You know her as a diva on the Broadway stage, having debuted in the original cast of Hairspray and later bringing audiences to their feet as “Elphaba” in Wicked, but Shoshana Bean is also a spellbinding solo artist. Her first three album releases all topped the iTunes R&B and Blues charts, and her fourth record, Spectrum — available Feb. 9 — is likely to do the same.
Inspired by the work of Aretha Franklin, Barbra Streisand and Frank Sinatra, Spectrum features Bean’s crisp vocals in front of an 18-piece band. The album is a mix of beloved classics (Sinatra’s “I Wanna Be Around” and The Beatles’ “With a Little Help from My Friends” among them), new workings of contemporary hits and a few original songs.
“This album is different because it’s pretty much all covers, only three originals,” Shoshana Bean tells Hornet. “It’s also the most classic album I’ve made, and definitely the largest album I’ve ever made. An 18-piece big band! But most importantly, I do feel it’s the most full representation of who I am as an artist and vocalist.”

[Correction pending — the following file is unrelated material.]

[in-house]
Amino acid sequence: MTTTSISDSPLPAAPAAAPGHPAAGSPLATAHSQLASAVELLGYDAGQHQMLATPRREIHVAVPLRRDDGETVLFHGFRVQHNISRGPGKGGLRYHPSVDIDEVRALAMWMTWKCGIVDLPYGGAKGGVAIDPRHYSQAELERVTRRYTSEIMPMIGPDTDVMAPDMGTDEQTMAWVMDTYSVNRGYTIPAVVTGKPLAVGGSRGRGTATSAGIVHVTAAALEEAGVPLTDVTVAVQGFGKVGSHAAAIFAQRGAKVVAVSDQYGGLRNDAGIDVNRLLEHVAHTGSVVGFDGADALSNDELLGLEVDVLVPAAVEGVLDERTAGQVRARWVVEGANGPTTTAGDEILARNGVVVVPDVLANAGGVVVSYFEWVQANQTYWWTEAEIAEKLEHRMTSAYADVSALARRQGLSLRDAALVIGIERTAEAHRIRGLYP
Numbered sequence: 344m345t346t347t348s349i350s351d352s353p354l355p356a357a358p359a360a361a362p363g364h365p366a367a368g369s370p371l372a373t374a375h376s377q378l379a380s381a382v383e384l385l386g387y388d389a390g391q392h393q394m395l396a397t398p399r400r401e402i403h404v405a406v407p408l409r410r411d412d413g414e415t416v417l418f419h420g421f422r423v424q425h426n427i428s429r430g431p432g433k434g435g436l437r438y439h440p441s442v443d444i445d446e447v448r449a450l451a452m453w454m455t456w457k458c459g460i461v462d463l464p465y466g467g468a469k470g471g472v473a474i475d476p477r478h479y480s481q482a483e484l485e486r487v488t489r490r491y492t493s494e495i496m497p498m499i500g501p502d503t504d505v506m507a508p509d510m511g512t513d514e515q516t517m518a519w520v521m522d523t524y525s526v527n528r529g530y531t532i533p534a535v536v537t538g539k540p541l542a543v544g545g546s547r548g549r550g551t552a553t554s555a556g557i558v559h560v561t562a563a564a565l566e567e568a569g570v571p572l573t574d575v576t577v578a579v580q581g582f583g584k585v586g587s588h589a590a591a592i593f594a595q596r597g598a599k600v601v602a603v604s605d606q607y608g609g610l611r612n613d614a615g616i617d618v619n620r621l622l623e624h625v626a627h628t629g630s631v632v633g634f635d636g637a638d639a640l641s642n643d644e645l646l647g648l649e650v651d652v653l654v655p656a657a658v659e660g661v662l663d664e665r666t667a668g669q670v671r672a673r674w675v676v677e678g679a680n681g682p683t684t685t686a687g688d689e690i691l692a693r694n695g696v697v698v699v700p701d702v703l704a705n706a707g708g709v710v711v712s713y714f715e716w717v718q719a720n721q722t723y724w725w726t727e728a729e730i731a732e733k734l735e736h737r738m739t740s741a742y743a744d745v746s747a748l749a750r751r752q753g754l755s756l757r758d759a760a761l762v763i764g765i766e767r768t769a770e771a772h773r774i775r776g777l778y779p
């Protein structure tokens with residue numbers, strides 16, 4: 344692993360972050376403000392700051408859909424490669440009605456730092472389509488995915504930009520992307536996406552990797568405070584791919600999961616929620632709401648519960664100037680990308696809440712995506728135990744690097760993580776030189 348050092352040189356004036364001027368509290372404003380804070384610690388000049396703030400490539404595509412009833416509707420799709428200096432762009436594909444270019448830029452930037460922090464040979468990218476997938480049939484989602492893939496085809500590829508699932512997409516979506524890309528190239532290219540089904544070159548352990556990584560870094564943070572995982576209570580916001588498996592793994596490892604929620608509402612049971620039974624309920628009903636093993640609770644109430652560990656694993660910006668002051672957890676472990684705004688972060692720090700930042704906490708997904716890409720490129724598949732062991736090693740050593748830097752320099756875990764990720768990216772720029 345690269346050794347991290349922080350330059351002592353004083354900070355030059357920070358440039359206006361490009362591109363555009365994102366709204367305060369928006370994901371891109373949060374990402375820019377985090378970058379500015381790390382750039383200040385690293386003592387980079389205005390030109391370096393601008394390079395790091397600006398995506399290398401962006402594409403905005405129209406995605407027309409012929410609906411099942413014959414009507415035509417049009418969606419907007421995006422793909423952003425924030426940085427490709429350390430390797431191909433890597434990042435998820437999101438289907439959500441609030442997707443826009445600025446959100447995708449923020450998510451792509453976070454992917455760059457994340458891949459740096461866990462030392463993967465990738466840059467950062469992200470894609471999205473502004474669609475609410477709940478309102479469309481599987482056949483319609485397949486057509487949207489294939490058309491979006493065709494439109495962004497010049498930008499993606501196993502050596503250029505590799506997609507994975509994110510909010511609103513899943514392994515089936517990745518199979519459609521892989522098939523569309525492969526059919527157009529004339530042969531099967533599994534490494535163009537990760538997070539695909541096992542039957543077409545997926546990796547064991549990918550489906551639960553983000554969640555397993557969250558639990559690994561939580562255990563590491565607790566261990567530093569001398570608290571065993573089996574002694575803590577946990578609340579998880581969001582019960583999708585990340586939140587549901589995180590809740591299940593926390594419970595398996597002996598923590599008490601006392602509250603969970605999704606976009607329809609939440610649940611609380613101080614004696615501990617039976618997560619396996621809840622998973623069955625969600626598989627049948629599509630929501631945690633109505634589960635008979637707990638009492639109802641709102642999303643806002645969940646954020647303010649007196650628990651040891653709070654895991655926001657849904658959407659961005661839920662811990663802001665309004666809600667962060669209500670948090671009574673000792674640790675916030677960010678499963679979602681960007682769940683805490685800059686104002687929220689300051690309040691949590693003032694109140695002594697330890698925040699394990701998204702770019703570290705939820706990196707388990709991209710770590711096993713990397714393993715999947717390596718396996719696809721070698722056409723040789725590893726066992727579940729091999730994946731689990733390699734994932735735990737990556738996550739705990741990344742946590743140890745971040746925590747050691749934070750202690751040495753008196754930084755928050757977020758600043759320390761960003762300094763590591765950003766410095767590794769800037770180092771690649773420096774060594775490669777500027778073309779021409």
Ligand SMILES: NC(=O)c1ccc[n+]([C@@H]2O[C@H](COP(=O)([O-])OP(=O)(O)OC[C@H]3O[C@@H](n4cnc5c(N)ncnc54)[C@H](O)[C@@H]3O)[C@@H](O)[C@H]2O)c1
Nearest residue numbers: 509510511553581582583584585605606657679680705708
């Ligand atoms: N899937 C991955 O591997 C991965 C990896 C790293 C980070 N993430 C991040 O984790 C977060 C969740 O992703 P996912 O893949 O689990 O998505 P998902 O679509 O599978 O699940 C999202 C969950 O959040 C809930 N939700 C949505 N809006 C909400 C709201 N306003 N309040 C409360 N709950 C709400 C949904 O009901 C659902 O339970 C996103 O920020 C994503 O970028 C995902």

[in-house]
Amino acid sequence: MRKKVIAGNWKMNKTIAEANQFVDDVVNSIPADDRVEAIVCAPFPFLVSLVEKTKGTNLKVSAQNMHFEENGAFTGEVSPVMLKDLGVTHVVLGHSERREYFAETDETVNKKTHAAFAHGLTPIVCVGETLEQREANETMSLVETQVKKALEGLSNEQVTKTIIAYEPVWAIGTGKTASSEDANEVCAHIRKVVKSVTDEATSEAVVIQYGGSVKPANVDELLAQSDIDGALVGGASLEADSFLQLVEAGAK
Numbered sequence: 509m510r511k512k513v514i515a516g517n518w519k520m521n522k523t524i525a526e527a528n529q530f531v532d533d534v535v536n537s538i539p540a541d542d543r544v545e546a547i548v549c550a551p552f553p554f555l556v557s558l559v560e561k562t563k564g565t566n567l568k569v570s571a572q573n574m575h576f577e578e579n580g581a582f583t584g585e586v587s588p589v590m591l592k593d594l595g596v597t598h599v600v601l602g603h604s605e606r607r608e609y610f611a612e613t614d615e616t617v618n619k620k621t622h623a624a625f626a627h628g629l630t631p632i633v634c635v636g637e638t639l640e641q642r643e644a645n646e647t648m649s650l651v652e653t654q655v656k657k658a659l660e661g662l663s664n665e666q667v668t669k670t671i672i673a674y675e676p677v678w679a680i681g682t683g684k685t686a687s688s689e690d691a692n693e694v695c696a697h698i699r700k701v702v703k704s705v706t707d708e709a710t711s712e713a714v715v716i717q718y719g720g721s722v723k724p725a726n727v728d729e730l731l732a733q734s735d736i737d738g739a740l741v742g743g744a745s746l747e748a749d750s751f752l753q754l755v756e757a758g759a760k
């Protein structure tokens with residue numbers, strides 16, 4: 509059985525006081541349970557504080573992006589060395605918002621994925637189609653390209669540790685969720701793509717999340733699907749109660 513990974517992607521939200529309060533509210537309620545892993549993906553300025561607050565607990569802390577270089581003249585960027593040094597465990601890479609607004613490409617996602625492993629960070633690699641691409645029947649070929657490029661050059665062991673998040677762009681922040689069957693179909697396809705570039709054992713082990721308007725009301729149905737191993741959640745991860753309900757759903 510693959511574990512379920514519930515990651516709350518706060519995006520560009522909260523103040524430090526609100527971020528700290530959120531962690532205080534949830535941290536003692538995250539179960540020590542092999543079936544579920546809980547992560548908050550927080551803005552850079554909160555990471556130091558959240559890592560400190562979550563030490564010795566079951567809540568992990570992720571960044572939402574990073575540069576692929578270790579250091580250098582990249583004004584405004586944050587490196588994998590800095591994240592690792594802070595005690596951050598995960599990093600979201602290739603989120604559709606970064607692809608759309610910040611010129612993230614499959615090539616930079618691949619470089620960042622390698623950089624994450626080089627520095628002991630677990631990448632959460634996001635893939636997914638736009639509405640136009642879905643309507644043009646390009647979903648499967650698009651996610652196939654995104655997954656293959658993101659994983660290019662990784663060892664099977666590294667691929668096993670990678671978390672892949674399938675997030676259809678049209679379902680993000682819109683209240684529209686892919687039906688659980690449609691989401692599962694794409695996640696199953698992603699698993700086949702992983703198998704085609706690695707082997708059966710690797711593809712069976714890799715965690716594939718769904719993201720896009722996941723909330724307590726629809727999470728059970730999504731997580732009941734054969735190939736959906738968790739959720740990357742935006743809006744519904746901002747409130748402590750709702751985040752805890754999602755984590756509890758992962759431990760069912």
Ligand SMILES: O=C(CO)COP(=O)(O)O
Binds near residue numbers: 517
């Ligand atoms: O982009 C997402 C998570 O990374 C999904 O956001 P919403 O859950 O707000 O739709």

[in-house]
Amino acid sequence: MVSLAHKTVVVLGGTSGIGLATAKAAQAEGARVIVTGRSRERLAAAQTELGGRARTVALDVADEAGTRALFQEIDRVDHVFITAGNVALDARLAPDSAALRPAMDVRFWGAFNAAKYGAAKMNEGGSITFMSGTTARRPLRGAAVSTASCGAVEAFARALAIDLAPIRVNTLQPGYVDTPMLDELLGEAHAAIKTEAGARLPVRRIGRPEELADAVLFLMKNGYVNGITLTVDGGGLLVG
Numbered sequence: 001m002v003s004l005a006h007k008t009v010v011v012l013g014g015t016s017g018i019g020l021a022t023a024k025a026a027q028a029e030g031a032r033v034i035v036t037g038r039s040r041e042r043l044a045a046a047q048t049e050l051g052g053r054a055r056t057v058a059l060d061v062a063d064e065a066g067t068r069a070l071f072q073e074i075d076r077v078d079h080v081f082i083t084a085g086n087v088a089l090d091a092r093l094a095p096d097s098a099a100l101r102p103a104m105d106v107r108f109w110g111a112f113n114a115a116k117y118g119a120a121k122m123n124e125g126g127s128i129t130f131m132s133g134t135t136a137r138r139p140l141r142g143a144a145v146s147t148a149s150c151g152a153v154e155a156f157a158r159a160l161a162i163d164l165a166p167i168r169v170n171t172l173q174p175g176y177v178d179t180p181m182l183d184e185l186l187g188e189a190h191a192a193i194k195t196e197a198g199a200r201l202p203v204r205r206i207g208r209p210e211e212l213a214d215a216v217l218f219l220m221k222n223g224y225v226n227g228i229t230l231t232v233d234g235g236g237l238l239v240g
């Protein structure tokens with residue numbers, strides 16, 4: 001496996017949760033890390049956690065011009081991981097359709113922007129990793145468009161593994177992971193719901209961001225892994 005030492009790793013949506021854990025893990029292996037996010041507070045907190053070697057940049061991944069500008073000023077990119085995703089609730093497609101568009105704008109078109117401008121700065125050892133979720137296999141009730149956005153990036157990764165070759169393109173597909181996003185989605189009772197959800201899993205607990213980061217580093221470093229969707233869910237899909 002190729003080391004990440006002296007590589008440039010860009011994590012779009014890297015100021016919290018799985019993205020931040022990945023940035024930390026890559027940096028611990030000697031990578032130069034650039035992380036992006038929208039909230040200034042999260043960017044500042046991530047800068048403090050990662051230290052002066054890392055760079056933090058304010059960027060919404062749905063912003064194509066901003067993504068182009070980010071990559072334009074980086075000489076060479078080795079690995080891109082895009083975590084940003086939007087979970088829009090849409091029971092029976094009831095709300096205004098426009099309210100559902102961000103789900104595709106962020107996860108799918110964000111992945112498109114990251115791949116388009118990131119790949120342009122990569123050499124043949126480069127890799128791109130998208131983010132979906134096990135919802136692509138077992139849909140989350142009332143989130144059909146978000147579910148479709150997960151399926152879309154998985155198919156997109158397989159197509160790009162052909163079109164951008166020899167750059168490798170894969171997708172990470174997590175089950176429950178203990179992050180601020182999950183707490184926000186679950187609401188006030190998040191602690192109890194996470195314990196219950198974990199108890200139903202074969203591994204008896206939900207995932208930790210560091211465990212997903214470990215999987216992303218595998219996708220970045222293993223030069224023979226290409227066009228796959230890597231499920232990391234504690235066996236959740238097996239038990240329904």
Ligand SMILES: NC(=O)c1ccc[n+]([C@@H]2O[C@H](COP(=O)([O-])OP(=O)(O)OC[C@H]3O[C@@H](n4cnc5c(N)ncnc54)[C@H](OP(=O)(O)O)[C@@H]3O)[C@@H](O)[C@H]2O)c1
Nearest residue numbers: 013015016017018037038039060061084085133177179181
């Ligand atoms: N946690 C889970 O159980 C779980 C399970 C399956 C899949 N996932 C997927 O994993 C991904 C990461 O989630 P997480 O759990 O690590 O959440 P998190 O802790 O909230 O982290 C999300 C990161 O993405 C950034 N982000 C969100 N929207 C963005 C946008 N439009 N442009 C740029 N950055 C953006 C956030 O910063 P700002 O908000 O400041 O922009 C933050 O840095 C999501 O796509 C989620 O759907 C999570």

The first single from Spectrum is called “Remember the Day,” and it’s a track Bean tells us she wrote mere days before she went into the studio to record the new album. “I was in a full panic to write an uptempo, and it needed to be the single and it needed to stand next to the classic giant songs and covers we had already chosen. So much pressure!” she says.
About a relationship that went awry, one of the song’s biggest draws is the fact that it’s instantly relatable — to gay men and, well, just about anyone. “I think we can all relate to heartbreak and the obsessive mind that accompanies it,” she tells us. “You just want to shut off that loop that has that person being the first thing on your mind when you wake and the last thing before you go to sleep. And then the day comes when you just forget to remember! And it’s 2 p.m. and you realize you haven’t thought of them all day! I live for that moment because you know you’re starting to let go!”
Knowing the LGBTQ community makes up a large portion of her fanbase — a fanbase that helped her raise over $120,000 to make Spectrum happen — she considers this song yet another anthem for us.
“It’s about healing the wounds of anyone who kept you down, made you feel small, less than or wrong,” she says. “Of finally getting to the other side of that and being free — free to be exactly who you are, which is amazing and beautiful and enough!”
Plan on hearing the faint sounds of “Remember the Day” through the earbuds of fellow treadmill runners at the gym.